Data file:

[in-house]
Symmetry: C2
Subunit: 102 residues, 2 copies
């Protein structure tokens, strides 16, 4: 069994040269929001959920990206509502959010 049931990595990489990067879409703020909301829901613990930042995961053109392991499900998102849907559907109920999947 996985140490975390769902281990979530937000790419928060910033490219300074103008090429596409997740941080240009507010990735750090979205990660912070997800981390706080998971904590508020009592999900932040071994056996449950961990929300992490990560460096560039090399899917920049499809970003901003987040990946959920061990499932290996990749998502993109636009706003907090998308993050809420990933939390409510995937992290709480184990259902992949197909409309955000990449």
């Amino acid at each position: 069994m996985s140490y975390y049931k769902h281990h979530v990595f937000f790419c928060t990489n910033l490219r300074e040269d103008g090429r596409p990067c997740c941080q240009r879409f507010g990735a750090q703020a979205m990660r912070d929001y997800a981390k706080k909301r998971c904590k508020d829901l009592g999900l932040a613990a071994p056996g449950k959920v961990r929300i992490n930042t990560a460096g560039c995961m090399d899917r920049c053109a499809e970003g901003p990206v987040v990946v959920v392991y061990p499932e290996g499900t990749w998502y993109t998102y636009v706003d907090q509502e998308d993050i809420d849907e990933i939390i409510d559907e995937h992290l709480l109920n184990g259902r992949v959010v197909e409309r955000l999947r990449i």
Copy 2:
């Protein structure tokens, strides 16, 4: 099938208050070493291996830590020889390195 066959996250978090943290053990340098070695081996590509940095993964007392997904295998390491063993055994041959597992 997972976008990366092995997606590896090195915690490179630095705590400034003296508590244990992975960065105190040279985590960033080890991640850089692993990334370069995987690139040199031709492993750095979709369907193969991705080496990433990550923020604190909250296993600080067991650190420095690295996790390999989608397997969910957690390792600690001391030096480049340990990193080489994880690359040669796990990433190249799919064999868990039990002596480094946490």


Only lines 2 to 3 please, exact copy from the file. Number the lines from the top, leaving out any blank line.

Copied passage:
Symmetry: C2
Subunit: 102 residues, 2 copies